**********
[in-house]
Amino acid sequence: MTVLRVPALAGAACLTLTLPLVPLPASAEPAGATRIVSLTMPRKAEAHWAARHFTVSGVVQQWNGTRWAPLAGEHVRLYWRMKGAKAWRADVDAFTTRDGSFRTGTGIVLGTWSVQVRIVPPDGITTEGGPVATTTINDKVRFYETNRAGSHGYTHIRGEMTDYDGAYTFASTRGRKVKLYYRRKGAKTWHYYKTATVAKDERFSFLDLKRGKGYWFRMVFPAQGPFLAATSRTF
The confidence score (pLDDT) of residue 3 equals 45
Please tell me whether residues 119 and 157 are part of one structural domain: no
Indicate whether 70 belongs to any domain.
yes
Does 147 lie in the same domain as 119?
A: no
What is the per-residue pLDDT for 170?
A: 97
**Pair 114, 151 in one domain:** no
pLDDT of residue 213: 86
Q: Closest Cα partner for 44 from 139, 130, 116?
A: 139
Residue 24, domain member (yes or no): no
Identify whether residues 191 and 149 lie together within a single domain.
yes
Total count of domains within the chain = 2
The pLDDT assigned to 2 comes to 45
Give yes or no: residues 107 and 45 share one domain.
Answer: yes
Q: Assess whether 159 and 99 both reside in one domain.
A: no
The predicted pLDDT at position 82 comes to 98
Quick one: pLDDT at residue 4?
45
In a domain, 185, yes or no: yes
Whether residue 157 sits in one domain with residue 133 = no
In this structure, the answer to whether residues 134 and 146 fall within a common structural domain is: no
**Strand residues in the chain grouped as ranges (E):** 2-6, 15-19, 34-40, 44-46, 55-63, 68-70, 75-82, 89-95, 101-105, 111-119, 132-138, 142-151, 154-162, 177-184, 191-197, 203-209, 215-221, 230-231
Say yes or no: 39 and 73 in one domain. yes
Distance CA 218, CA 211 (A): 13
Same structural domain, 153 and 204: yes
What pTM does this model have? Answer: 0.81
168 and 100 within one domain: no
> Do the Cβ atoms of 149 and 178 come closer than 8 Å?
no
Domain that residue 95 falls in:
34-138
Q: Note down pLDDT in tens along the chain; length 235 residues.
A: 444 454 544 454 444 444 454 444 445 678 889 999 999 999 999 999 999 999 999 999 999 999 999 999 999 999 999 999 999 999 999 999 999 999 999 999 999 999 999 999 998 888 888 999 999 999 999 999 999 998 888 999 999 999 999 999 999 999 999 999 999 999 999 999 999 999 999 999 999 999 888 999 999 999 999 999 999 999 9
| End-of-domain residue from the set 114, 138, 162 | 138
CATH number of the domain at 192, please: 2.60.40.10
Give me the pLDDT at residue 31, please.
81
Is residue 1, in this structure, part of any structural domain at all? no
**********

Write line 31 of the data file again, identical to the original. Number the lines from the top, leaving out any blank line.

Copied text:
Say yes or no: 39 and 73 in one domain. yes